If you’re into history or just like to learn something new everyday, you might enjoy Today’s History, an item-of-the-day app from developer Skyler Lehan. But you’d be certain to enjoy the free app more if it delivered on some of its promises.
Today’s History is simple and straightforward. Launch the app, and a picture of the planting of the flag at Iwo Jima serves as the background. After a few seconds of load time, the historical event of the day appears with a descriptive photo.
May 17, for example, was the anniversary of Brown vs. Board of Education, the Supreme Court decision that effectively ended racial segregation. An iconic photo of segregated drinking fountains illustrates the event, but that’s the only thing there.
And that’s a problem. The App Store entry in Today’s History promises a short description for the event to accompany the photo. But in my testing, that short description never appeared—not for the aforementioned Brown vs. Board of Education entry nor for subsequent entries in June commemorating Secretariat’s Triple Crown win, the opening of the U.S. Naval Academy, or the siege of Troy. All the app offers is a picture superimposed on the Iwo Jima background—which makes things look a little cluttered, frankly.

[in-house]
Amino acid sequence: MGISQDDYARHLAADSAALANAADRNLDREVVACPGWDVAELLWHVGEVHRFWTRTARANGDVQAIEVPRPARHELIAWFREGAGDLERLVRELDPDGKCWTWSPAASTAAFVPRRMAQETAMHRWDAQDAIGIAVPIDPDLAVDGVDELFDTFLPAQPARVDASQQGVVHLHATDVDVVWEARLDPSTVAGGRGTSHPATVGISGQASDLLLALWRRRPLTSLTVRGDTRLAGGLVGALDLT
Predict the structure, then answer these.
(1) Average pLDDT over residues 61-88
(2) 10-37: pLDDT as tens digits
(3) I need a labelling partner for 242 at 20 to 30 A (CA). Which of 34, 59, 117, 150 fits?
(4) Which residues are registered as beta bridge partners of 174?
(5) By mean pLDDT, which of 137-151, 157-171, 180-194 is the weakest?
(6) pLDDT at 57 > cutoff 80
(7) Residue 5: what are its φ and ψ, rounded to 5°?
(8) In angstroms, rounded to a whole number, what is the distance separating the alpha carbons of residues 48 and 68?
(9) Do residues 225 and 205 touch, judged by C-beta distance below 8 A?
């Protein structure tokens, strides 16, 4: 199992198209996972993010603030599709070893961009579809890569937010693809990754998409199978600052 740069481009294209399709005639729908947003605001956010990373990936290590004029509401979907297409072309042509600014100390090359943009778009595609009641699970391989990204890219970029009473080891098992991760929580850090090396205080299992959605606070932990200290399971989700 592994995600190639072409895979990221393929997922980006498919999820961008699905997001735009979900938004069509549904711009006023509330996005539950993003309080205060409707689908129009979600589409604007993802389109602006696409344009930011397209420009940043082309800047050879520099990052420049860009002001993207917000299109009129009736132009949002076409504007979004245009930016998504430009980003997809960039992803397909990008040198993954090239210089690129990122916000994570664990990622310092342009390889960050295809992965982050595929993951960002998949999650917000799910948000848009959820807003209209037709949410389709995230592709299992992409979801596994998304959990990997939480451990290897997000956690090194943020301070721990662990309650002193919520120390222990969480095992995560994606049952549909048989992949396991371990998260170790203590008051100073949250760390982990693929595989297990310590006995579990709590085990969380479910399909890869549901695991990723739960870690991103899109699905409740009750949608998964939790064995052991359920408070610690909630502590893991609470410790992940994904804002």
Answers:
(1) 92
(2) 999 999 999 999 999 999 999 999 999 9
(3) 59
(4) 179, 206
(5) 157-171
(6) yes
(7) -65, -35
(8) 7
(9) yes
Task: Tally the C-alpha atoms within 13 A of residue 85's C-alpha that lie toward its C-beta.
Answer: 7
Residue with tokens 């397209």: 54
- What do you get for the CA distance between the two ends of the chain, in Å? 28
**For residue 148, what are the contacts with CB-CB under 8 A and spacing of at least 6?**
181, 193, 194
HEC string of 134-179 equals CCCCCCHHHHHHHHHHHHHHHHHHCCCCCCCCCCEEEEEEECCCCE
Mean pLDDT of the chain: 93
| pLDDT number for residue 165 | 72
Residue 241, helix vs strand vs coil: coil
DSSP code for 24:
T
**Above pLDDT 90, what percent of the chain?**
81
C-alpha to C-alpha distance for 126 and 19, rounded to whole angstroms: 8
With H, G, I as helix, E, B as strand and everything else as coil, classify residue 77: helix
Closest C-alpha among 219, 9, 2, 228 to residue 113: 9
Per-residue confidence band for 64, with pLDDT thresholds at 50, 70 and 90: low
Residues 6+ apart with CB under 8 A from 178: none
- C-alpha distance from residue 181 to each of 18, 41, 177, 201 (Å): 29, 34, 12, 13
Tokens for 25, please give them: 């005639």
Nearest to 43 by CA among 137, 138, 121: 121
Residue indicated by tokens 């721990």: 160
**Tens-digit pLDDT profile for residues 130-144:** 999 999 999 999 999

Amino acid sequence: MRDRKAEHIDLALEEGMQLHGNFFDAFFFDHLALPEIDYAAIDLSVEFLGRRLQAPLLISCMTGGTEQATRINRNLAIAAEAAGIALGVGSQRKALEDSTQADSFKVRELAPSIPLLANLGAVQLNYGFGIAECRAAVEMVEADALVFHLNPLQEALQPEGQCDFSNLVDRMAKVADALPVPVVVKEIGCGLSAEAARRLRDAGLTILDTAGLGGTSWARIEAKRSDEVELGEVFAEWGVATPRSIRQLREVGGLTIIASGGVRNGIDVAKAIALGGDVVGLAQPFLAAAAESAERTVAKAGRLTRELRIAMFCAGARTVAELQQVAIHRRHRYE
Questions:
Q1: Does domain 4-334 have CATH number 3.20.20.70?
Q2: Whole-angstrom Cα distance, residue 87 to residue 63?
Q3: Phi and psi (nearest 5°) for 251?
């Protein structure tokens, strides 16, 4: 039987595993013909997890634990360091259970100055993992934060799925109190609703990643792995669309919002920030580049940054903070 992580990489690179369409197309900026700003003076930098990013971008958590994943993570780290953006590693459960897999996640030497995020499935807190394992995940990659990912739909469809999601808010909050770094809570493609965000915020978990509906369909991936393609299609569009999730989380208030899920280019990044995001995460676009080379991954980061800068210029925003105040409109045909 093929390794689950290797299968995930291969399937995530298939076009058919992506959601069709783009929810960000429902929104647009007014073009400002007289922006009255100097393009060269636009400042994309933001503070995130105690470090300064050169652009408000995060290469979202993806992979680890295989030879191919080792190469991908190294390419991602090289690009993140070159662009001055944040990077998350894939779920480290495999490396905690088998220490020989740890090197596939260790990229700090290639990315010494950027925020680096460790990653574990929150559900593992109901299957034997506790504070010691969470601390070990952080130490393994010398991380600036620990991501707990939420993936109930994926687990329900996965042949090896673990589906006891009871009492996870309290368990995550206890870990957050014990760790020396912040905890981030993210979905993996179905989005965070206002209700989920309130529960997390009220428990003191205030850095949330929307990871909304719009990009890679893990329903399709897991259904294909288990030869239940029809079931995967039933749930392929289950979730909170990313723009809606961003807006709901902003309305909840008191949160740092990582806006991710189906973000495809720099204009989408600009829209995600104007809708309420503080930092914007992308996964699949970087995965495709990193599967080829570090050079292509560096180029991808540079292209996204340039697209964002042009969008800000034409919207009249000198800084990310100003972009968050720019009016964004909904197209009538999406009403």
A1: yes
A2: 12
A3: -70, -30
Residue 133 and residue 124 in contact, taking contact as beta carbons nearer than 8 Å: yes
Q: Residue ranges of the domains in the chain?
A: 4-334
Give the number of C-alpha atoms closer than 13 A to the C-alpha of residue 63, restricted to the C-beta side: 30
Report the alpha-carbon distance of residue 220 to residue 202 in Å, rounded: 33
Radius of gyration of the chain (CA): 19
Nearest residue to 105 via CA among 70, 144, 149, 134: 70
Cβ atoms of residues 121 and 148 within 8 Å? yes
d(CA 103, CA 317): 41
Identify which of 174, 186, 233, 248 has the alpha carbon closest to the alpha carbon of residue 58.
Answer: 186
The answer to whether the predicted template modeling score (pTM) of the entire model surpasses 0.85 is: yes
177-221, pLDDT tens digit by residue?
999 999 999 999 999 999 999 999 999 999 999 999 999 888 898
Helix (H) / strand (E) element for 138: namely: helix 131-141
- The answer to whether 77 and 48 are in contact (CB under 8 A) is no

For a little more dimension, Today’s History offers a Wiki button that will open either the event’s Wikipedia entry or that date’s entry. A bird icon lets you e-mail the event or publish it to Facebook and Twitter.
The app mentions push notifications in its full name. You can turn the feature on the first time you launch the app, and make adjustments in the Settings app of your iPhone or iPod touch. But again, Today’s History doesn’t deliver—in my testing I never received a single push notification for that day’s historical event.
Today’s History is could be an interesting novelty app for the iPhone, but the developer would do well to look into the issue of incomplete entries and unfulfilled promises.
[Meghann Myers is an editorial intern at Macworld.]
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